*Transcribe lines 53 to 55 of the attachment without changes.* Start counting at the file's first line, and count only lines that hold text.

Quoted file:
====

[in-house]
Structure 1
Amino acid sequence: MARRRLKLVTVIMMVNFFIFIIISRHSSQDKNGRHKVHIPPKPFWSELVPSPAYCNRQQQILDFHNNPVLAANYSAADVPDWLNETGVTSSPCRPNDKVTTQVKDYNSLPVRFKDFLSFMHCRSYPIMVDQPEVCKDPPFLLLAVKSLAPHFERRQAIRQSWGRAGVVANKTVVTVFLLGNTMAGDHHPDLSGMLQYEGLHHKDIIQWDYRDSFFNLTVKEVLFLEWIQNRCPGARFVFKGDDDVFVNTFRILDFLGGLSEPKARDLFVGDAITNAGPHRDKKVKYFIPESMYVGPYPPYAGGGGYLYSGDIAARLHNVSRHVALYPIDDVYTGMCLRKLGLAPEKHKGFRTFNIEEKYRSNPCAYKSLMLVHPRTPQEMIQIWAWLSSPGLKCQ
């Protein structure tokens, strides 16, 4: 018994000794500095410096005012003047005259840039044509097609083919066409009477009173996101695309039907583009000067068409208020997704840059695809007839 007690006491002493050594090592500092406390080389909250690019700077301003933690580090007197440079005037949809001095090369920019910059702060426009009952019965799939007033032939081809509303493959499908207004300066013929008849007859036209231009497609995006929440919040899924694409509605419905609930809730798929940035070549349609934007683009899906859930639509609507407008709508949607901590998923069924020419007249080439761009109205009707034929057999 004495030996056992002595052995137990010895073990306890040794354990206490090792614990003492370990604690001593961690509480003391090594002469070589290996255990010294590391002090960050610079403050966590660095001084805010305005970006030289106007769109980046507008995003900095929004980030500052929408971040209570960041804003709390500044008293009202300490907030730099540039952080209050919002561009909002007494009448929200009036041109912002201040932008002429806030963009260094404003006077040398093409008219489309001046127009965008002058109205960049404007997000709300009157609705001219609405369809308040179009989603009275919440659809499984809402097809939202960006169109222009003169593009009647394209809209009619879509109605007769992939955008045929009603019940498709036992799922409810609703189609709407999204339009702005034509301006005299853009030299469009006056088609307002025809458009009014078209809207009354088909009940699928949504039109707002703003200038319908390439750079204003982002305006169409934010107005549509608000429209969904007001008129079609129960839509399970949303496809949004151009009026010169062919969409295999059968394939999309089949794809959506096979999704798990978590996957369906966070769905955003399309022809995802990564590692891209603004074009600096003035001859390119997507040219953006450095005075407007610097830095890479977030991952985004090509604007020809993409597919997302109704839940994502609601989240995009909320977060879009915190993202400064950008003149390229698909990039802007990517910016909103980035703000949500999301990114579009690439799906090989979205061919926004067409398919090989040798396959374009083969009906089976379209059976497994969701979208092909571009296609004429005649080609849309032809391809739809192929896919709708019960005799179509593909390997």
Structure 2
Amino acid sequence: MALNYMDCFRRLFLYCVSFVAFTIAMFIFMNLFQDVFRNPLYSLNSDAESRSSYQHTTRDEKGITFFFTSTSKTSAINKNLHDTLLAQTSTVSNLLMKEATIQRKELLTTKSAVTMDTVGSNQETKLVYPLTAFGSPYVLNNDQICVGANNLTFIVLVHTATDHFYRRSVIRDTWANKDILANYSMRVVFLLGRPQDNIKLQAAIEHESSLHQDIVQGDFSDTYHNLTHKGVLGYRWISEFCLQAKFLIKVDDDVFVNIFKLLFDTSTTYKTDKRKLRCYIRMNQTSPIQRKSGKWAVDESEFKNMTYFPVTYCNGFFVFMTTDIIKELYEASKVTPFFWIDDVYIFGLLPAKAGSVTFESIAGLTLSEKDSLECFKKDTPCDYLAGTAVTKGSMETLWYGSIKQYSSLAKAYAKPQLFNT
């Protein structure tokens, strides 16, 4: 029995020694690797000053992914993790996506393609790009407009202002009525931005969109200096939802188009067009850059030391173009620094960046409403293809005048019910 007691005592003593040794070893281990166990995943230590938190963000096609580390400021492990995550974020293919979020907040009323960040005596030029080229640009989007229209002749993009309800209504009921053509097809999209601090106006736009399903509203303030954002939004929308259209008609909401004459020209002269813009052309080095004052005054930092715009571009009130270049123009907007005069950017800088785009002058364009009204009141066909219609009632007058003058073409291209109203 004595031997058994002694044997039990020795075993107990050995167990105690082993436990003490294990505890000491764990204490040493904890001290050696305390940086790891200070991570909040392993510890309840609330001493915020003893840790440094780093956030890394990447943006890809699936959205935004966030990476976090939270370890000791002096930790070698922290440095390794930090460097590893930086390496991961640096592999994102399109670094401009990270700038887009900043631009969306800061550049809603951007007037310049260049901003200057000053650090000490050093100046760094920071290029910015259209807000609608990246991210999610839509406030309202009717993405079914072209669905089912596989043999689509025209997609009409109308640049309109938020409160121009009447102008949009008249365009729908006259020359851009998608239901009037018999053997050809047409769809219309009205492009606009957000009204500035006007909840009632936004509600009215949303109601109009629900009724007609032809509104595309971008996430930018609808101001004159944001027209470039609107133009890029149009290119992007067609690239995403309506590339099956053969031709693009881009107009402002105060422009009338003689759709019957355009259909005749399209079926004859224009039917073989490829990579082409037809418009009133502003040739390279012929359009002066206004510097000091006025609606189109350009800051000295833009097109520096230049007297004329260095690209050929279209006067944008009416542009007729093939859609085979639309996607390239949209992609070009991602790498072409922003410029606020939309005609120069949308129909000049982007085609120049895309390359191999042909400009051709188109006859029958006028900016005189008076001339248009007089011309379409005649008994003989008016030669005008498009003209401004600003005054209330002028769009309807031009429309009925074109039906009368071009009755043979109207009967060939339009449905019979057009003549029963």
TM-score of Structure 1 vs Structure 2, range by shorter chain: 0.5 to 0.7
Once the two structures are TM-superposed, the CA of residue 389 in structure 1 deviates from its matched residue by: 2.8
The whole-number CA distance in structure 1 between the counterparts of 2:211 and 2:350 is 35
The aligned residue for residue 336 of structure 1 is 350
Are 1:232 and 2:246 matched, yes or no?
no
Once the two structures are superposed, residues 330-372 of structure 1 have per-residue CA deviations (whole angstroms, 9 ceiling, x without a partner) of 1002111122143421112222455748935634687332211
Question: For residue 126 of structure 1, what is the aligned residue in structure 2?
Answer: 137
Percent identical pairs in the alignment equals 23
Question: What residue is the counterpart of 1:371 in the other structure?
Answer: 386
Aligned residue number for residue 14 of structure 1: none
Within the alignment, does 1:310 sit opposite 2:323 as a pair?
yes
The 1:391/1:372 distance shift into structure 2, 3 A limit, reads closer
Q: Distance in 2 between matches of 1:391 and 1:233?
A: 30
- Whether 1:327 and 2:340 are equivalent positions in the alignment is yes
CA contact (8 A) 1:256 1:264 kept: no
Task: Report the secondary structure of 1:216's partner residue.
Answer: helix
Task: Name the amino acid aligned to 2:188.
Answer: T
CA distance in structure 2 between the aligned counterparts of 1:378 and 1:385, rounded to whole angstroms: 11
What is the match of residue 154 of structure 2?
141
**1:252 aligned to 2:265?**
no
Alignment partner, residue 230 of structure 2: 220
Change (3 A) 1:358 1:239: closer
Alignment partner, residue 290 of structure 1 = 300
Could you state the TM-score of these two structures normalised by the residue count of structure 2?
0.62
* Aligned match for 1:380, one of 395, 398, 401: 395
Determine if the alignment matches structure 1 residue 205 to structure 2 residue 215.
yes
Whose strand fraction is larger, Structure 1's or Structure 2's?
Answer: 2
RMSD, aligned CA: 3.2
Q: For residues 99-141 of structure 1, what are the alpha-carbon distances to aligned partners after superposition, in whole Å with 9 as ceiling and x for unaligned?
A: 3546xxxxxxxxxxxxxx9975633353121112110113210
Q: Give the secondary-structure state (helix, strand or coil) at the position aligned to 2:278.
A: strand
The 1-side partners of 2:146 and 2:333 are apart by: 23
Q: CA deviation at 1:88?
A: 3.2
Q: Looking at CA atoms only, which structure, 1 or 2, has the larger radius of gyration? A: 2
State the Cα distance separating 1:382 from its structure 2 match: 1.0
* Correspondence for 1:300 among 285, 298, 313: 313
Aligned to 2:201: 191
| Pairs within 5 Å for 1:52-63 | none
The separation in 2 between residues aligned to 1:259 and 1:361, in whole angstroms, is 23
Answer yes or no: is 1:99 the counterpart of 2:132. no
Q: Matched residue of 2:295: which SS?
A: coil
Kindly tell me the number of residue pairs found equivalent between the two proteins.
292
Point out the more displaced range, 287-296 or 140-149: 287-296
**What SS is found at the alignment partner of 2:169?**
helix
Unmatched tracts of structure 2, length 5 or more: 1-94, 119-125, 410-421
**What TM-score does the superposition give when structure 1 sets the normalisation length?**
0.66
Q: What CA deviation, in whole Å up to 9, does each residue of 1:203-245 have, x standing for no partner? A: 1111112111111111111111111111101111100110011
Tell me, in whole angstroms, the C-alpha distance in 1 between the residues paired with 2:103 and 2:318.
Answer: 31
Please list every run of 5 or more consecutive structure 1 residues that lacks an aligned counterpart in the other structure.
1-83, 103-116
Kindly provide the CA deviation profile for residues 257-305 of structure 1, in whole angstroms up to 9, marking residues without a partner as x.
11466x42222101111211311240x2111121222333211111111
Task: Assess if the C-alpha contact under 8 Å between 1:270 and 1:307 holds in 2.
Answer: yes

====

Q: CA deviation at 1:88?
A: 3.2
Q: Looking at CA atoms only, which structure, 1 or 2, has the larger radius of gyration? A: 2